Chrysomallus (Golden Fleece)

The magnificent flying golden ram

Almost everyone has heard the fantastic and utterly epic tale of the Golden Fleece, wherein Jason (the heir to the throne of Iolcus) and his Avenger-like team of awesome heroes, heroines, musicians, magicians and demigods sail off in their killer boat, the Argo, in search of a golden fleece with magical powers. In other words, the skin of a ram that had real live (well, dead) golden hair, as well as the far-out power of healing anyone who got wrapped up with it.

Held by the rather villainous King Aetes of Colchis, Jason and his band of adventurers had to hook with his witchy daughter, Medea, fight off flame-belching bulls and go head-to-head with Spartoi, undead soldiers who rose up out of the ground and commanded by the king to wipe the heroes out, to even get to the Fleece…and even then, they had to deal with the beastly drakon that guarded the Fleece in a sacred grove dedicated to Ares, god of war.

In the end, Jason triumphs, snatching the Fleece, getting the girl and escaping the clutches of Aetes to sail back to Iolcus, kick the snot out of his evil uncle and gain the throne… or sort of. In any case, it’s an epic story that remains one of the highlights of Greek mythology. However, few people ask the question: what exactly IS the Golden Fleece? Where did it come from? How did it come to be hanging in a tree in a forest grove, protected by a giant snake-like drakon? Well, the Fleece DOES have a background story! See, it wasn’t ALWAYS dead and magical…at least not in the context of how it was used in the story.

The Fleece once belonged to a very alive and completely radical creature named CHRYSOMALLUS, a golden ram who sported a set of slick, graceful wings, allowing it to fly hither and yon all over the Aegean Sea! How it actually GOT to Colchis is another interesting tale…

To unravel the backstory of Chrysomallus, you need to back-track to another tale, one that involved Zeus, the king of gods, his wife Hera, and a very naughty king named Ixion, who had a plan to seduce Hera into a corner for a little afternoon make-out session…in Zeus’ own digs at Olympus!

Hera caught wind of the rather sleazy Ixion’s plans, told Zeus (who naturally got rather ticked off), and convinced her husband to act, which he of course did. Taking a bit of cloud, Zeus fashioned a “fake” Hera that looked every bit as real as the original out of it, and created cloud-nymph he named Nephele, which he planned to use as a decoy to trap the dishonest king. Ixion wound up having a romantic interlude with Nephele, thinking the cloud-nymph was Hera.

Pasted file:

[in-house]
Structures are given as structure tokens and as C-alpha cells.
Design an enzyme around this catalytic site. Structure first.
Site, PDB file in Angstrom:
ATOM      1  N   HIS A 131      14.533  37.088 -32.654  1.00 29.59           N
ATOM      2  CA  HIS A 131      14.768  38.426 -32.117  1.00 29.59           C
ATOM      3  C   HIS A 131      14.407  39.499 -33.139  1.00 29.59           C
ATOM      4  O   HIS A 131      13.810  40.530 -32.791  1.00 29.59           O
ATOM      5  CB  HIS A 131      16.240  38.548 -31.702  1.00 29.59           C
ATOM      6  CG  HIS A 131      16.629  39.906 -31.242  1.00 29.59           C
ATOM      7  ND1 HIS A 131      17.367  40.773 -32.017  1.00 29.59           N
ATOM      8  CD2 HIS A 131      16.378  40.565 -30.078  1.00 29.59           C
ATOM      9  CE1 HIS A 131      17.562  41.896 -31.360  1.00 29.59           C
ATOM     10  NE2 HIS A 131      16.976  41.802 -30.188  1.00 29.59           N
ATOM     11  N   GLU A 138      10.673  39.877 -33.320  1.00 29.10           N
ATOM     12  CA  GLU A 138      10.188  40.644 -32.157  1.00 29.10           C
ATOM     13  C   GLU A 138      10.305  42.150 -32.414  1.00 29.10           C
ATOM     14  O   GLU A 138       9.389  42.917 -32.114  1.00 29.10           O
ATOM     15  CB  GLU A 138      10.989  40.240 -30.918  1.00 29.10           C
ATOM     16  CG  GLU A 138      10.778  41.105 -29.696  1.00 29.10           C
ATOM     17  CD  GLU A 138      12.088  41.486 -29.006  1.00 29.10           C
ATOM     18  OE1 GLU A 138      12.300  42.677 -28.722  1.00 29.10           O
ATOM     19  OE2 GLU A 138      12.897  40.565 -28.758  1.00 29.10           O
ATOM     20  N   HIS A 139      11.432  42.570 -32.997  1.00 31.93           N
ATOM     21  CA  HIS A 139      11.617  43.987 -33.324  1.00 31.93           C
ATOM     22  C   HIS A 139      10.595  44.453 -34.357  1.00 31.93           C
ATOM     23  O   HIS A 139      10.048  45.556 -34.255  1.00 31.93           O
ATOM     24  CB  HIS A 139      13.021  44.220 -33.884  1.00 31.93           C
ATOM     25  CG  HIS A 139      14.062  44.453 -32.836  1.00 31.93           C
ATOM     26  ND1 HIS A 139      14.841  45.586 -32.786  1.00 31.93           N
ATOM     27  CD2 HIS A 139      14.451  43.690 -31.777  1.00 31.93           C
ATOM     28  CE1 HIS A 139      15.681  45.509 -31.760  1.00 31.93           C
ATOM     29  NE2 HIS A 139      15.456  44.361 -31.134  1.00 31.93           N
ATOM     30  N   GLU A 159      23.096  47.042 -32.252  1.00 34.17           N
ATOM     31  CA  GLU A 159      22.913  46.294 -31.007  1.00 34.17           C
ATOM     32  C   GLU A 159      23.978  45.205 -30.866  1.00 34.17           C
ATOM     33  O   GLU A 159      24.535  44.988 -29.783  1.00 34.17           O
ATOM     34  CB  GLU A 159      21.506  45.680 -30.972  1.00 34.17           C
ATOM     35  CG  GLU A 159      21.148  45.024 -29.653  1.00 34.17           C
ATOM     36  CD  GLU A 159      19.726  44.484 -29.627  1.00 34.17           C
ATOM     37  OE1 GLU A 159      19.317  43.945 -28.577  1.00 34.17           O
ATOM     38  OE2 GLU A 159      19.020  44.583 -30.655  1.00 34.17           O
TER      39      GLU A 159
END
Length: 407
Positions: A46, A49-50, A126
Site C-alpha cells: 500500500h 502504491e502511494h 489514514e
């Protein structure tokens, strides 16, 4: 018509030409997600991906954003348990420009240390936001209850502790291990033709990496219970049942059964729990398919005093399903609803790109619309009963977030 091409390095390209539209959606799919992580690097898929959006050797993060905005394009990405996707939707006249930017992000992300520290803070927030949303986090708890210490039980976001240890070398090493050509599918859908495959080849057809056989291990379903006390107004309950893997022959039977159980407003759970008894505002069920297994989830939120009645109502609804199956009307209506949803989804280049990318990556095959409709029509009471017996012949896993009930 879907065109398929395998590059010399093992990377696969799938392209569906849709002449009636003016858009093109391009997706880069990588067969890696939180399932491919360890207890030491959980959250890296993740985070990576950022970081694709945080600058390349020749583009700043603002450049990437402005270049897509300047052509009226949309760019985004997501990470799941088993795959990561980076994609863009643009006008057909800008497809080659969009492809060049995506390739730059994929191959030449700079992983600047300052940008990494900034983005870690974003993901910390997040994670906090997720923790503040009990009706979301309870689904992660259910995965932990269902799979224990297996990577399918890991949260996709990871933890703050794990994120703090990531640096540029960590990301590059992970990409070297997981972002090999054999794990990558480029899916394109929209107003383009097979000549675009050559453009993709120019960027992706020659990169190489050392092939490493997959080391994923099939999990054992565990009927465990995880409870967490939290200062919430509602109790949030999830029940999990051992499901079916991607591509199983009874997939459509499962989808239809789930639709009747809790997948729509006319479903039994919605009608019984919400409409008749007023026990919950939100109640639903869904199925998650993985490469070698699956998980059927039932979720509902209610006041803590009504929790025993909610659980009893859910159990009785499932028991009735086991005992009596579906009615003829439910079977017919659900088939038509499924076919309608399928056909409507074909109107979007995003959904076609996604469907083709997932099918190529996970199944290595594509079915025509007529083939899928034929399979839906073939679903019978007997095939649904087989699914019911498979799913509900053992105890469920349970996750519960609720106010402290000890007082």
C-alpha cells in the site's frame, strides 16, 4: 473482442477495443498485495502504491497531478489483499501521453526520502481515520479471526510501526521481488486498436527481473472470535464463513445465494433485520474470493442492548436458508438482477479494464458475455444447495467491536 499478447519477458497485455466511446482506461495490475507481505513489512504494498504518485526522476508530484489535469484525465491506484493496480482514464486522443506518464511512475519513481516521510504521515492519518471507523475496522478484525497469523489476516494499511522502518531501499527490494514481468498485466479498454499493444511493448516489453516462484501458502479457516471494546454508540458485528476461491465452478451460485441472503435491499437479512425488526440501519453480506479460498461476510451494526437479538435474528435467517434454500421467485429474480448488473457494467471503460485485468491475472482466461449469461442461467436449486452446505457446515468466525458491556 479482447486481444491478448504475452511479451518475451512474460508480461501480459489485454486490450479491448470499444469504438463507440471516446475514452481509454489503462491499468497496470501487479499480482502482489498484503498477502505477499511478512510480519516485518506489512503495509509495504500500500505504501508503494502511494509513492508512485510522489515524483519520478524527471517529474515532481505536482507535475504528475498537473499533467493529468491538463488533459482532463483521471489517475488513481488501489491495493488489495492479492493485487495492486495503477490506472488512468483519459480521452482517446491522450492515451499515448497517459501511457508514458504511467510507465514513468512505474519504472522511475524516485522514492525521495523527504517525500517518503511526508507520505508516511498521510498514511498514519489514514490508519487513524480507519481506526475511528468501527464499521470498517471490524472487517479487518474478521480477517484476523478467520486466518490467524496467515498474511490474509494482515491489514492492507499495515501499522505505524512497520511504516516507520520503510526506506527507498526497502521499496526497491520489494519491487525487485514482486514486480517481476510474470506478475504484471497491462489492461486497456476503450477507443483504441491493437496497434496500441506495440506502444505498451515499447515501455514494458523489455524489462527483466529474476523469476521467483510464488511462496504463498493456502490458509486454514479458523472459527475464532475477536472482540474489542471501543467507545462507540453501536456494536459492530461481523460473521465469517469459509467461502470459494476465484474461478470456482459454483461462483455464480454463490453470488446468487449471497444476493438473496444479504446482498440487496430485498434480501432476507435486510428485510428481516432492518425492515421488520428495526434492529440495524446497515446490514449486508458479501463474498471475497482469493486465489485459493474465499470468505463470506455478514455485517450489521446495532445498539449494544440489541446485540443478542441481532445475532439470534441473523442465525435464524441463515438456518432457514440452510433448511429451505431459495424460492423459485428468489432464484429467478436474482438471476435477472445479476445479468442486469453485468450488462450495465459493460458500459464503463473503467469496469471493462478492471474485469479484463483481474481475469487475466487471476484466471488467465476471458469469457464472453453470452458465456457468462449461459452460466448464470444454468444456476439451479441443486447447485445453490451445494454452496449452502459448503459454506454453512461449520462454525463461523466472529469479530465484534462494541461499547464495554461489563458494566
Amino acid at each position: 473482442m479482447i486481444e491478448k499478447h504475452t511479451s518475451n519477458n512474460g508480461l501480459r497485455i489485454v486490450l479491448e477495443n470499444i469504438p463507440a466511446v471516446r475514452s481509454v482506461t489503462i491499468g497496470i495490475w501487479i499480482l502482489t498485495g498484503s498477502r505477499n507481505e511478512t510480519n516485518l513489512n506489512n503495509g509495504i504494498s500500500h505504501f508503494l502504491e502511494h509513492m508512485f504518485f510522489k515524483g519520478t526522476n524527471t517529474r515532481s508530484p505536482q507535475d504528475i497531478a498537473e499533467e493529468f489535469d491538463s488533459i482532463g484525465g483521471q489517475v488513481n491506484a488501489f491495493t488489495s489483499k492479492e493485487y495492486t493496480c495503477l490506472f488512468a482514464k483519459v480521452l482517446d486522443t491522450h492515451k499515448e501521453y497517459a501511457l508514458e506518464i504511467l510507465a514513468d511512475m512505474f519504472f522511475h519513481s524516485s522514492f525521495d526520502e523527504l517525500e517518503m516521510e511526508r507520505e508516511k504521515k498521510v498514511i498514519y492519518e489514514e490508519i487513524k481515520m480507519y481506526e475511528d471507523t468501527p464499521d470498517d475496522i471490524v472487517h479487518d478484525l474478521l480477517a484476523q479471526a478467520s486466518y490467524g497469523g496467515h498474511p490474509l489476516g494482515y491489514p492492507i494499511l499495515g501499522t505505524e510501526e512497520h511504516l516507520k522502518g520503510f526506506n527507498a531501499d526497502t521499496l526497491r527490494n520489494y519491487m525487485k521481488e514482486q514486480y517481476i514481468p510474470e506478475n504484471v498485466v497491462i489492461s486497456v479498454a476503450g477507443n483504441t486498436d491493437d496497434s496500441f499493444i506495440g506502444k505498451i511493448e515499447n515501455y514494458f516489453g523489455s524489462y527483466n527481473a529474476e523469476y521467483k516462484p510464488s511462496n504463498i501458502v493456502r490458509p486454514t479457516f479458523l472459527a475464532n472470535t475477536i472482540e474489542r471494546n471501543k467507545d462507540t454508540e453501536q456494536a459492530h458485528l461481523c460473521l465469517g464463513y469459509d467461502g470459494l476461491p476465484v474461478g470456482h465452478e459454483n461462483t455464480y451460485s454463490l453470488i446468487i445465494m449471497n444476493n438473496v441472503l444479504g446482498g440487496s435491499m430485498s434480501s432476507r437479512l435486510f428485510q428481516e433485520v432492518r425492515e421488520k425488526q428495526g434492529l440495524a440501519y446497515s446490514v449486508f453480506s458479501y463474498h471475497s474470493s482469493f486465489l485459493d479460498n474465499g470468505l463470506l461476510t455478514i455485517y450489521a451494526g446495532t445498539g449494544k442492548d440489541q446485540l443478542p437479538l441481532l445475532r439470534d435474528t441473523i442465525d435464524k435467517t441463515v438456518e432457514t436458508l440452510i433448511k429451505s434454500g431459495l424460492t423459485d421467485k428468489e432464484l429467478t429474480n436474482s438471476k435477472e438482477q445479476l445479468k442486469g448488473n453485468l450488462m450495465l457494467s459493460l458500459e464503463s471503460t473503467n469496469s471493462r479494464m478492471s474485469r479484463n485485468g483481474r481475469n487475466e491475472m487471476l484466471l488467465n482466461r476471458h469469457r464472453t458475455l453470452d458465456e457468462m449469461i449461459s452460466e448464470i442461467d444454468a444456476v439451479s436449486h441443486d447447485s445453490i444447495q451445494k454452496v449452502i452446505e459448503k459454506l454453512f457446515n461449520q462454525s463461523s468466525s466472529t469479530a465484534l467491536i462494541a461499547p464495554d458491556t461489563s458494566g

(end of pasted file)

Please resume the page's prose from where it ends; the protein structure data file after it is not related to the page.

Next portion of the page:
Zeus caught him in the act and had him sent to Tartarus for an eternity of torture…but that left poor Nephele, who had only been created to be used as a tool, pregnant with Ixion’s gits. Sure enough, in a supernatural birth fit for the weirdness of Greek mythology, she later gave birth to the first centaurs, the half-man, half-horse warriors that inhabit many other stories!

That was bad enough for the sad Nephele, but it was about to get even more tragic. Just when things were looking up after Zeus had let her loose on the earth to find her destiny, she married a swarthy king by the name of Athamas, who got her pregnant AGAIN and then promptly left her for some saucy tart named Ino.

Poor rainy-day-cloudy Nephele just couldn’t catch a whiff of good luck, though she did give birth to twins, Phrixus (the son)and Helle (the daughter), who were really quite good kids, as ancient Greek kids went! Problem: Ino, their stepmother, the snotty younger nasty that Athamas had married, wanted the kids dead. She didn’t want any reminders that her new hubby had had anything to do with Nephele.

Worse yet, she decided to offer them up as a sacrifice to the gods, and had hatched a devilish plot to make it happen so that her hands were clean. Ino secretly roasted all the town's crop seeds so they would never grow (how no one noticed this going on is a mystery, but in the end, it didn’t matter; the seeds were worthless).